If anyone in Australia can lay claim to a solid case of voter fatigue, it’s the good burghers of Griffith.
On Saturday, many in the electorate will be voting in their fifth election in less than two years.
”Intuitively, it must fatigue voters,” said Paul Williams, a Queensland political expert and senior lecturer at Griffith University.
”It must … have a dampening effect on people’s enthusiasm to engage electorally.”
Granted, two of those elections – the 2012 Brisbane City Council poll and the byelection in retiring premier Anna Bligh’s seat of South Brisbane – fell on April 28.
But both those came hot on the heels of the March 2012 state election and, since then, there has been last year’s federal election.
”Given that areas within Griffith are generally heavily populated with university students, people with at least one degree and possibly double degrees, or have high incomes, you’d expect voter fatigue to be less of a problem than it would be in more outlying areas on the fringes of the city,” Williams said.
”There’s no doubt there will be some people in Griffith who won’t turn out on polling day, despite having turned out last year in the general election, simply because they’re over politics.”
The Griffith byelection will be the first real test of leadership for both Prime Minister Tony Abbott and Opposition Leader Bill Shorten.
But it is also a hard electorate to pigeonhole, with a demographic ranging from young, broke share-houses to some of Brisbane’s most wealthy.
Based on last year’s election results, the north-west of Griffith is Glasson heartland. He easily outpolled former prime minister Kevin Rudd in the affluent suburbs along the eastern stretch of the Brisbane River, such as Hawthorne, Bulimba and Balmoral, despite (or perhaps because of) Rudd’s signature appearances along the famed Oxford Street cafe strip. That is offset by the southern and western parts of the electorate, such as Dutton Park, Carina and bohemian West End, which are firmly in the red column.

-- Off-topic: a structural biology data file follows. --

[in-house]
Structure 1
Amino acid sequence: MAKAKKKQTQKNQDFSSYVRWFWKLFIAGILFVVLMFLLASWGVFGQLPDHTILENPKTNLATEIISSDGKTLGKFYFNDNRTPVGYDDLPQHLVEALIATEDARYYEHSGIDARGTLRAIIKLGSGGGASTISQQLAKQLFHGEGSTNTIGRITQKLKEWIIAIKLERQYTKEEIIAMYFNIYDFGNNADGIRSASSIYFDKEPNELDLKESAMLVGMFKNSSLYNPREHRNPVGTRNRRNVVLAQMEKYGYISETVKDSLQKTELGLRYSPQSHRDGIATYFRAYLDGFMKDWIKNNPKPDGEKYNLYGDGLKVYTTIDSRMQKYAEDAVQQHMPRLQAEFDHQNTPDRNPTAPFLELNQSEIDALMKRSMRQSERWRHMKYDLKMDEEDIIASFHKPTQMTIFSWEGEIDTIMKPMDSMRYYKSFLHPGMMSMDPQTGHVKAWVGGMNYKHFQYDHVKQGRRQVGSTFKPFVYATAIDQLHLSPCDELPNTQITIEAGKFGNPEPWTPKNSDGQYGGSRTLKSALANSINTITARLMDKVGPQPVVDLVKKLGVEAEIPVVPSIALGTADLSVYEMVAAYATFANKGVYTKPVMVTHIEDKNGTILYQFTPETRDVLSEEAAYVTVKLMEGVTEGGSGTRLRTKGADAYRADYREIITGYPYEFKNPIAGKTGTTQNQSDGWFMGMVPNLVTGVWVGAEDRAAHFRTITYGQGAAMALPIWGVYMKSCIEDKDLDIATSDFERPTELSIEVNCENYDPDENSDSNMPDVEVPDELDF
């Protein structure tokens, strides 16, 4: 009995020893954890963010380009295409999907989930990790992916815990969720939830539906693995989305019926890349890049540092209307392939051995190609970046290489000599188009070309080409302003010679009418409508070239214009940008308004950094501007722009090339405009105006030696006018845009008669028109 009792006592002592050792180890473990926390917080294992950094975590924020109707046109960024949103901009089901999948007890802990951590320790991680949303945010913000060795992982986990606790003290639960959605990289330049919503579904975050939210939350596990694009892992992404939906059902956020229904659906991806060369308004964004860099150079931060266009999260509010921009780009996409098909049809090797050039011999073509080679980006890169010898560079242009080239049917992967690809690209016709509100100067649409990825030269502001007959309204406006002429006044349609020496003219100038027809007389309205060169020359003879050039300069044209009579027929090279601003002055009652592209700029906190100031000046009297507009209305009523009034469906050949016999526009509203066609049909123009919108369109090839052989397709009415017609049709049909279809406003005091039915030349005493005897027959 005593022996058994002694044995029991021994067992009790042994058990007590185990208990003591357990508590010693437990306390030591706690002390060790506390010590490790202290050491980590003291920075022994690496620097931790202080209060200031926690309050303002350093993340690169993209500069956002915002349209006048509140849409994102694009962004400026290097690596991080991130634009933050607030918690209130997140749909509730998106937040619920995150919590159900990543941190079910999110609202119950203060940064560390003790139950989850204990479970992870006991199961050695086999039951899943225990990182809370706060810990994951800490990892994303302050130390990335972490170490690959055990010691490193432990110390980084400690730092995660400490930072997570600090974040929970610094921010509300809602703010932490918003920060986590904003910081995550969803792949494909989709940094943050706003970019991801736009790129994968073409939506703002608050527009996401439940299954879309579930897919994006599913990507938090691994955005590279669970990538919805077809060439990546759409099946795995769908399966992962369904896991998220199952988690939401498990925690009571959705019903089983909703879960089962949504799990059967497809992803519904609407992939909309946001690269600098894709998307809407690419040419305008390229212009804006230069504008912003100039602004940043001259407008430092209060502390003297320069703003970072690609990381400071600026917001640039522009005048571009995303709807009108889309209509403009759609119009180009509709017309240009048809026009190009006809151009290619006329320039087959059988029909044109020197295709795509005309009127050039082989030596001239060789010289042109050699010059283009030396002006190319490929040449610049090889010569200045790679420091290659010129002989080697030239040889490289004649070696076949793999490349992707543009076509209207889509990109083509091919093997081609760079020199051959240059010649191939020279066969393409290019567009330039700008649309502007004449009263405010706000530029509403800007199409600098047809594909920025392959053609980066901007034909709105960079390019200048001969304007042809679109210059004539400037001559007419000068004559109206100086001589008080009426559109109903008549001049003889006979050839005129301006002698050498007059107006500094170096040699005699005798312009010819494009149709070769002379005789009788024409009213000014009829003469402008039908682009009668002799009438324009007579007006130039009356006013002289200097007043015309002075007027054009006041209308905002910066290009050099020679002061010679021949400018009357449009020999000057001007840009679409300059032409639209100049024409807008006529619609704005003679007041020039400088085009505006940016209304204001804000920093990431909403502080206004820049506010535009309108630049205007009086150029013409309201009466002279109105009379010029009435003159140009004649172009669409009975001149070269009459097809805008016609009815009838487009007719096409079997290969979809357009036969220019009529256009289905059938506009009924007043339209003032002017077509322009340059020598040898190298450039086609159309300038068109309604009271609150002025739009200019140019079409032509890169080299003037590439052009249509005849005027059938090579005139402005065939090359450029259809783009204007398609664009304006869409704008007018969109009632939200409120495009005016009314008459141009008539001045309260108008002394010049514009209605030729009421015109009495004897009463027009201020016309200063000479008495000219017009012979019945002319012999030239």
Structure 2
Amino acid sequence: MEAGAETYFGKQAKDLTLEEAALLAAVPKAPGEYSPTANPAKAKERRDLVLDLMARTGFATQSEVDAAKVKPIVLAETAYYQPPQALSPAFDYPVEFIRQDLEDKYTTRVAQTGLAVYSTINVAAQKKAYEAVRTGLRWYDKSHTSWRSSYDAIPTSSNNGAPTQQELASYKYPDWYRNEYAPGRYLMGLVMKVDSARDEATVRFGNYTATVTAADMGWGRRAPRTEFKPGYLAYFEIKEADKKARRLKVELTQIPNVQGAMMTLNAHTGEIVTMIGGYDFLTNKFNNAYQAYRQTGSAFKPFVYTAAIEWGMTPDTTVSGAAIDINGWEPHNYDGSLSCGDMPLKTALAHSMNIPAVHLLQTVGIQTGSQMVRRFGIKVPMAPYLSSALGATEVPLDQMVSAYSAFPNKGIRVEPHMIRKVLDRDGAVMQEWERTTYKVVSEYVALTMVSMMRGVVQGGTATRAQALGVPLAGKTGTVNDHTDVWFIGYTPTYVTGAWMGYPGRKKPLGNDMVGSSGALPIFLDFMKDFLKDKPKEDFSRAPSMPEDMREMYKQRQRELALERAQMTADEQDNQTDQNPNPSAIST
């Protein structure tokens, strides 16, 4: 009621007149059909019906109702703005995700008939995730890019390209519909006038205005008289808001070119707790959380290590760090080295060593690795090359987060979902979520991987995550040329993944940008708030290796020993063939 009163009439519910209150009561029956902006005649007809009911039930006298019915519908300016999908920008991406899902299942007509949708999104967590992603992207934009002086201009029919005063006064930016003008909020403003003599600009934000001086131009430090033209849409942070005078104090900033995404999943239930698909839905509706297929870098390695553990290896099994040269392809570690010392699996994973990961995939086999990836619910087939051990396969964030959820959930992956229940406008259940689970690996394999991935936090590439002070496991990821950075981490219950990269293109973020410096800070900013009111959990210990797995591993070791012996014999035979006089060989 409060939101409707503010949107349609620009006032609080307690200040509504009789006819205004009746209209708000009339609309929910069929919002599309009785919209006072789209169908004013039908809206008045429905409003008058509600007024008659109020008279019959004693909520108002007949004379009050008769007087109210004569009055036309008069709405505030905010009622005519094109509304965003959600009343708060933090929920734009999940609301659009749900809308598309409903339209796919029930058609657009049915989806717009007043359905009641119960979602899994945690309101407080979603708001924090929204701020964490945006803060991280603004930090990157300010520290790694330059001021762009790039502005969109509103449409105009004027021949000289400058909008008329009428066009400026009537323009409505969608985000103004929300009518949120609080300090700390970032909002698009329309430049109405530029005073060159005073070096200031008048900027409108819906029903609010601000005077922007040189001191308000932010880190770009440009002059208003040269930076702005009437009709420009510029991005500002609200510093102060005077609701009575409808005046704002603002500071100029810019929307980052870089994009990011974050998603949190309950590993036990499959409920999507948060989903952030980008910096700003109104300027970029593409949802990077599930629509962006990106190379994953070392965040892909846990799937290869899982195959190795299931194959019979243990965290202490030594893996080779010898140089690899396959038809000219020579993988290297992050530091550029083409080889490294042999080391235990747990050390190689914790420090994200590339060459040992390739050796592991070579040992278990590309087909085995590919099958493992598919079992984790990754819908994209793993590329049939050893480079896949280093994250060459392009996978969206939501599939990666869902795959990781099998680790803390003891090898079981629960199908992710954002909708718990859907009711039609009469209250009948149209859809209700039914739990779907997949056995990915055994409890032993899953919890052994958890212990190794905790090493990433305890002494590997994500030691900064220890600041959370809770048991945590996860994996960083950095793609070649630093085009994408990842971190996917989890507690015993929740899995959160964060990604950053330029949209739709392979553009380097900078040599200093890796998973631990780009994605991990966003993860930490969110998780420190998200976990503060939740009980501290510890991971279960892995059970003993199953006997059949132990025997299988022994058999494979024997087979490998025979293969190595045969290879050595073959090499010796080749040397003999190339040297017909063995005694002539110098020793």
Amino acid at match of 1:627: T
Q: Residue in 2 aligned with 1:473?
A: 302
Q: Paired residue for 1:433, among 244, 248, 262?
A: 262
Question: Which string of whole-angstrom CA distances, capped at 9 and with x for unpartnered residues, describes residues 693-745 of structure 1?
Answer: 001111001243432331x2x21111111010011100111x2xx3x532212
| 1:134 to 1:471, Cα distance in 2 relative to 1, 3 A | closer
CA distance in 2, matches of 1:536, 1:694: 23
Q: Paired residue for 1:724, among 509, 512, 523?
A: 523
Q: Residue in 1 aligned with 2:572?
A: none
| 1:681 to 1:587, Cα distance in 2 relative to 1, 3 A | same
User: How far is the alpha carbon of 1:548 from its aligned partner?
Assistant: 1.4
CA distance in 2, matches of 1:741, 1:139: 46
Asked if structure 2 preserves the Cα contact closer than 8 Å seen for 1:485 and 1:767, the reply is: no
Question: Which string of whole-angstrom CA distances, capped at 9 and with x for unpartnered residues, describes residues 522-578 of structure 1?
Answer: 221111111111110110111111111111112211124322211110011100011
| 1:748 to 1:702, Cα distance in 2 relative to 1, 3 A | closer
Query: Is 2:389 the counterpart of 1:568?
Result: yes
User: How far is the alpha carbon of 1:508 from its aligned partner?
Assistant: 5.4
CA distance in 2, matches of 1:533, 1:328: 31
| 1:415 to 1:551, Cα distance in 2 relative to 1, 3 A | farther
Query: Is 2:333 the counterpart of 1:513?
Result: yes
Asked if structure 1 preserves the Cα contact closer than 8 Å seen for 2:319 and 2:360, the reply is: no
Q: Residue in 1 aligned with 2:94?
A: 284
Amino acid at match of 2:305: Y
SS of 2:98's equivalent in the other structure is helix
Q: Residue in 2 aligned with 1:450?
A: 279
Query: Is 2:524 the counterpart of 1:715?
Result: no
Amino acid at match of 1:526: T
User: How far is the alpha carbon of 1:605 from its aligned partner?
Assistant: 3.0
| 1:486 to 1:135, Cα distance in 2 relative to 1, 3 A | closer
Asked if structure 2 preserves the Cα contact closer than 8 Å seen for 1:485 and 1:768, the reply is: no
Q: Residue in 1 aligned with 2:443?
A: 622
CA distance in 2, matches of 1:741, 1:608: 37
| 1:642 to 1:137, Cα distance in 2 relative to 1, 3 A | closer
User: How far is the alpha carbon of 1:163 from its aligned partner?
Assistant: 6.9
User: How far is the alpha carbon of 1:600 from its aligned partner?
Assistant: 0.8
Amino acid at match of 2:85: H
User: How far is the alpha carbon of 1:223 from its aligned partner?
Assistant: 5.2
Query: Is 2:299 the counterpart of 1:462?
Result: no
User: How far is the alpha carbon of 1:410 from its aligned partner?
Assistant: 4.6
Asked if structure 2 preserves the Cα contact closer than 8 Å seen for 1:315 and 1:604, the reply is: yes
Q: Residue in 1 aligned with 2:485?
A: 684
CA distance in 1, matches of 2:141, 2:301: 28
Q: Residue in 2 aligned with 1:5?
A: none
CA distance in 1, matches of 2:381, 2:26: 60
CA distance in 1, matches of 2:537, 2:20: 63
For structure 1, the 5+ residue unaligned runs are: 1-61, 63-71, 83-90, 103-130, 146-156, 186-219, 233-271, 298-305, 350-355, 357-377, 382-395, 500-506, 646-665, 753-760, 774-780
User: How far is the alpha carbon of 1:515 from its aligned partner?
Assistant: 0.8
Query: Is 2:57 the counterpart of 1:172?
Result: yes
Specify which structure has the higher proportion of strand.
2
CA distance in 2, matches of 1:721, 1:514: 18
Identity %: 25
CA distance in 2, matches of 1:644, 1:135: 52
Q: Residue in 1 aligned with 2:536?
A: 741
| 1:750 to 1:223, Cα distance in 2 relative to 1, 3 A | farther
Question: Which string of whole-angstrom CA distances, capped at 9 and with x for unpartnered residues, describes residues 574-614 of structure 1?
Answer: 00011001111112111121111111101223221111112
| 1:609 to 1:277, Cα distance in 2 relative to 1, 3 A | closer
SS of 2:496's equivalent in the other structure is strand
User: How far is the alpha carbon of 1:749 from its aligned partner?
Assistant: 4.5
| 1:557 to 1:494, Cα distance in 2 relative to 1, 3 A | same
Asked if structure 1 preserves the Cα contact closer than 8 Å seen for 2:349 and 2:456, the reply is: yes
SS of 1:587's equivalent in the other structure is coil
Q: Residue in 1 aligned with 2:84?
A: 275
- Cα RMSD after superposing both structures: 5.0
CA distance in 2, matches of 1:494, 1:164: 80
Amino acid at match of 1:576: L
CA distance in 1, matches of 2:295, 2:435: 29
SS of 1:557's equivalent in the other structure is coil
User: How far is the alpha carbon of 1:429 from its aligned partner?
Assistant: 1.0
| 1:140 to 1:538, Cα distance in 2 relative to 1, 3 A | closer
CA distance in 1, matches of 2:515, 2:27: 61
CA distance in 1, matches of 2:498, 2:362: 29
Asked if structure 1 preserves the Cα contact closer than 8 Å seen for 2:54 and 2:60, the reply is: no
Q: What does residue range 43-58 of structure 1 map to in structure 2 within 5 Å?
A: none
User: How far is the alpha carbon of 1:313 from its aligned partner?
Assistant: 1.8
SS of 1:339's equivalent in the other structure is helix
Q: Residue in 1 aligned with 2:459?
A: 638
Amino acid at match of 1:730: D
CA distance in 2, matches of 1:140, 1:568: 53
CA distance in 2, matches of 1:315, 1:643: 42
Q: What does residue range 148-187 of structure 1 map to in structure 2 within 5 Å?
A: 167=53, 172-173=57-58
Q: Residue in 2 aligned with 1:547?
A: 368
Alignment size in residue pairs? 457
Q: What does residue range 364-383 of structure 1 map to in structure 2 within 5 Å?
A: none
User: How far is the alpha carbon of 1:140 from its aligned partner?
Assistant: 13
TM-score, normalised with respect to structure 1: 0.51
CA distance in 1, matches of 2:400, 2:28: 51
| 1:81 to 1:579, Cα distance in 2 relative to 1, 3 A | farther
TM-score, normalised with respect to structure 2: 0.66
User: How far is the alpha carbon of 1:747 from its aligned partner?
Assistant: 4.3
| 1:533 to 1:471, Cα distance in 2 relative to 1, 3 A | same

Williams is hardly Robinson Crusoe in predicting a Labor victory.
With Labor winning each of the aforementioned elections, not many are rating the LNP’s chances. Indeed, one online booking company has Labor’s Terri Butler at almost even money to win, with an ALP victory paying just $1.08 last week.
History suggests those odds are justified.
The last – and only – time a federal government has gained a seat from an opposition in a byelection was in Kalgoorlie, Western Australia, in 1920. This, coupled with some missteps by the new government has many observers thinking Glasson’s best chance came and went last September.
”The Abbott government hasn’t got a record to run on. It’s got four months of accidents,” Williams said. ”It hasn’t got anything it can point to, to say ‘This is what we’ve done since the election.”’
But don’t tell Glasson’s supporters that. Campaign insiders point to Griffith’s moderate nature and are predicting a very close race, perhaps even a narrow Glasson victory, by as much as 1.5 per cent.
”Griffith isn’t a Labor or a Liberal electorate, it’s a moderate electorate,” said a source on the Glasson campaign.
It was that moderation, he said, that made Rudd, a member of the middle-of-the-road Labor Unity faction, so popular with voters within the electorate.
”When all is said and done, I think this is a toss-up. It won’t be the walkover that’s been suggested by many.”
While Williams agrees the final margin may be tighter than expected, he pours water on the Glasson optimism.
”Clearly the Labor brand is not as damaged as people suspected and that’s been reflected in a couple of federal polls,” he said.
”My argument has long been that the Labor brand wasn’t the problem. It was the Gillard/Rudd feud that was the problem. Take those two actors out and a lot of the damage has been repaired.”
Williams is tipping a swing towards the ALP that, given the party’s existing 3 per cent margin, would result in a solid victory for Butler – and Shorten.
But Glasson isn’t going down without a fight. It was hard to fault his performance in the general election, or his impressive grassroots campaign.
But there have been some subtle differences. LNP headquarters has taken more control of this campaign. Media queries are directed through party HQ, which is a departure from last year when the candidate handled most queries himself. That increased control of head office has also been felt by campaign staff and volunteers on the ground.
Things have changed on the Labor side, too. The ALP is taking the fight to Glasson much more aggressively that it did last year. And having a candidate on the ground for the duration of the campaign, as opposed to Rudd who jetted across the country in his role as prime minister, does tend to sharpen a campaign’s focus.
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